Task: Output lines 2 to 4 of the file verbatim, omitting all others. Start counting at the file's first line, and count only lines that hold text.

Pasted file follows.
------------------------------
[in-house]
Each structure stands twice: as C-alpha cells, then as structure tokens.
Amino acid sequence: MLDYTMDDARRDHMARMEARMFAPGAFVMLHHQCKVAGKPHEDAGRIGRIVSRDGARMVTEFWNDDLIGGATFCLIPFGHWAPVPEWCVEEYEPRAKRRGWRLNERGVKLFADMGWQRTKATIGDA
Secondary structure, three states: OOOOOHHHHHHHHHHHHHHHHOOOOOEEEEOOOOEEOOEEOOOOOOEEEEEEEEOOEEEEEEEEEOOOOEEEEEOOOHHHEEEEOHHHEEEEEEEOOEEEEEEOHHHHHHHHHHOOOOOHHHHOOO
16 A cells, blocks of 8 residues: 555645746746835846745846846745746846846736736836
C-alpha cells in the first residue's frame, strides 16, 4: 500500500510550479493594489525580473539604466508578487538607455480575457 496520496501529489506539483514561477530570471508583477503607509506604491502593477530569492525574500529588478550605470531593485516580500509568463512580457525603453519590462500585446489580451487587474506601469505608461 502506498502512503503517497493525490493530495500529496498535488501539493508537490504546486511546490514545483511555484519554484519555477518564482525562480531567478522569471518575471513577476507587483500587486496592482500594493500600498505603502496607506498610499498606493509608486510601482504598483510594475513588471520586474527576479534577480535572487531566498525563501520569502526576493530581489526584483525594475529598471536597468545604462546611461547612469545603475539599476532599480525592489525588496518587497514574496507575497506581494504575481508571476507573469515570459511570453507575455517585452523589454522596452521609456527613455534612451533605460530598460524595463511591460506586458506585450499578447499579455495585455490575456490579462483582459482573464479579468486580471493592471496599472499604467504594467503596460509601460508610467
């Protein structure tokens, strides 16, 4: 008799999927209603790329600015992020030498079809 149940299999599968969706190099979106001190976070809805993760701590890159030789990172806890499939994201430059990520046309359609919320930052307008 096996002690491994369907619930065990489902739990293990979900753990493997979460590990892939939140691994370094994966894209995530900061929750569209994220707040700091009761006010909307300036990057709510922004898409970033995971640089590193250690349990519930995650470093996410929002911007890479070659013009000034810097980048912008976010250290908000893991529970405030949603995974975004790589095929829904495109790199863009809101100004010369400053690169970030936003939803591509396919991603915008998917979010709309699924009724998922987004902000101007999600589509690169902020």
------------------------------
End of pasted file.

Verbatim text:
Each structure stands twice: as C-alpha cells, then as structure tokens.
Amino acid sequence: MLDYTMDDARRDHMARMEARMFAPGAFVMLHHQCKVAGKPHEDAGRIGRIVSRDGARMVTEFWNDDLIGGATFCLIPFGHWAPVPEWCVEEYEPRAKRRGWRLNERGVKLFADMGWQRTKATIGDA
Secondary structure, three states: OOOOOHHHHHHHHHHHHHHHHOOOOOEEEEOOOOEEOOEEOOOOOOEEEEEEEEOOEEEEEEEEEOOOOEEEEEOOOHHHEEEEOHHHEEEEEEEOOEEEEEEOHHHHHHHHHHOOOOOHHHHOOO